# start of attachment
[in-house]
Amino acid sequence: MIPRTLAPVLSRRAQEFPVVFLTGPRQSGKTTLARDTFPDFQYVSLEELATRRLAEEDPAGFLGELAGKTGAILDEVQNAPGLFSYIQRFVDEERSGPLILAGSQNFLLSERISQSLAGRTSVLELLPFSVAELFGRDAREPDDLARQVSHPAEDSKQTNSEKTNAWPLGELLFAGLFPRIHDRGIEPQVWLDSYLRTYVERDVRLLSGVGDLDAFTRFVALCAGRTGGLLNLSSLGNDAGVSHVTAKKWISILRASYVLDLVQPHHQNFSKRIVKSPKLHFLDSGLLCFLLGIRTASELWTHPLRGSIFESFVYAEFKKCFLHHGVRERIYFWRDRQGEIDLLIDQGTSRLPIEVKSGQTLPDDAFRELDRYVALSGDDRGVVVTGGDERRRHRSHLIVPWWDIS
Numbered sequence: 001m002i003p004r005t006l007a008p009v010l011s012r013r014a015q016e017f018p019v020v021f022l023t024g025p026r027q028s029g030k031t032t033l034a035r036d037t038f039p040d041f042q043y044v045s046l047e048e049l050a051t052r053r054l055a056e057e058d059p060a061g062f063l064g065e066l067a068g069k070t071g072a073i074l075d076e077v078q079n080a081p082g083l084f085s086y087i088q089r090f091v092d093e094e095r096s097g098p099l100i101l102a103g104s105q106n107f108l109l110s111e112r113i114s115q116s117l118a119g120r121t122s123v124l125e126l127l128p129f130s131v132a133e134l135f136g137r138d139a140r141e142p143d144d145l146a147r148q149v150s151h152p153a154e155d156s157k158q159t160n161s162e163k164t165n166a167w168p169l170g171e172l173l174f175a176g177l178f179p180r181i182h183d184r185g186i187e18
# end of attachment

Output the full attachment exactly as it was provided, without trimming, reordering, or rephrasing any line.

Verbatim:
[in-house]
Amino acid sequence: MIPRTLAPVLSRRAQEFPVVFLTGPRQSGKTTLARDTFPDFQYVSLEELATRRLAEEDPAGFLGELAGKTGAILDEVQNAPGLFSYIQRFVDEERSGPLILAGSQNFLLSERISQSLAGRTSVLELLPFSVAELFGRDAREPDDLARQVSHPAEDSKQTNSEKTNAWPLGELLFAGLFPRIHDRGIEPQVWLDSYLRTYVERDVRLLSGVGDLDAFTRFVALCAGRTGGLLNLSSLGNDAGVSHVTAKKWISILRASYVLDLVQPHHQNFSKRIVKSPKLHFLDSGLLCFLLGIRTASELWTHPLRGSIFESFVYAEFKKCFLHHGVRERIYFWRDRQGEIDLLIDQGTSRLPIEVKSGQTLPDDAFRELDRYVALSGDDRGVVVTGGDERRRHRSHLIVPWWDIS
Numbered sequence: 001m002i003p004r005t006l007a008p009v010l011s012r013r014a015q016e017f018p019v020v021f022l023t024g025p026r027q028s029g030k031t032t033l034a035r036d037t038f039p040d041f042q043y044v045s046l047e048e049l050a051t052r053r054l055a056e057e058d059p060a061g062f063l064g065e066l067a068g069k070t071g072a073i074l075d076e077v078q079n080a081p082g083l084f085s086y087i088q089r090f091v092d093e094e095r096s097g098p099l100i101l102a103g104s105q106n107f108l109l110s111e112r113i114s115q116s117l118a119g120r121t122s123v124l125e126l127l128p129f130s131v132a133e134l135f136g137r138d139a140r141e142p143d144d145l146a147r148q149v150s151h152p153a154e155d156s157k158q159t160n161s162e163k164t165n166a167w168p169l170g171e172l173l174f175a176g177l178f179p180r181i182h183d184r185g186i187e18